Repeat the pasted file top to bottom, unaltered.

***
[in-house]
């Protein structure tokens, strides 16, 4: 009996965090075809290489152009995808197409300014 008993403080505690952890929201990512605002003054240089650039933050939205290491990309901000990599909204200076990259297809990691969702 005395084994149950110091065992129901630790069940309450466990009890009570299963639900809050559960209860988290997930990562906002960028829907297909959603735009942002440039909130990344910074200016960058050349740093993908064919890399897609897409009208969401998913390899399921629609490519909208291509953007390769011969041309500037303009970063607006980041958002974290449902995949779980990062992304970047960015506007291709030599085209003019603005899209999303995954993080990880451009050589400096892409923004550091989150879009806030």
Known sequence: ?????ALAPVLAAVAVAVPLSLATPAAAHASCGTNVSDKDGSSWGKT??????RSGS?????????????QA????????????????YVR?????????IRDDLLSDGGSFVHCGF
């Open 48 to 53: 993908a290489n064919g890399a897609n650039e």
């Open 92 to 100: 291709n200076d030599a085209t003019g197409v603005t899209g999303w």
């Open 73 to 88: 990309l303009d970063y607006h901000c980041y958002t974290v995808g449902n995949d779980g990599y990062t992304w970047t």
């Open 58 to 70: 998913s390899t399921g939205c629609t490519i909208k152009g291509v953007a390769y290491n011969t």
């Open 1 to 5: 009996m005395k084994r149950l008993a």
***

[in-house]
């Protein structure tokens, strides 16, 4: 009996965090075809290489152009995808197409300014 008993403080505690952890929201990512605002003054240089650039933050939205290491990309901000990599909204200076990259297809990691969702 005395084994149950110091065992129901630790069940309450466990009890009570299963639900809050559960209860988290997930990562906002960028829907297909959603735009942002440039909130990344910074200016960058050349740093993908064919890399897609897409009208969401998913390899399921629609490519909208291509953007390769011969041309500037303009970063607006980041958002974290449902995949779980990062992304970047960015506007291709030599085209003019603005899209999303995954993080990880451009050589400096892409923004550091989150879009806030």
Known sequence: ?????ALAPVLAAVAVAVPLSLATPAAAHASCGTNVSDKDGSSWGKT??????RSGS?????????????QA????????????????YVR?????????IRDDLLSDGGSFVHCGF
């Open 48 to 53: 993908a290489n064919g890399a897609n650039e």
């Open 92 to 100: 291709n200076d030599a085209t003019g197409v603005t899209g999303w």
């Open 73 to 88: 990309l303009d970063y607006h901000c980041y958002t974290v995808g449902n995949d779980g990599y990062t992304w970047t």
């Open 58 to 70: 998913s390899t399921g939205c629609t490519i909208k152009g291509v953007a390769y290491n011969t």
């Open 1 to 5: 009996m005395k084994r149950l008993a």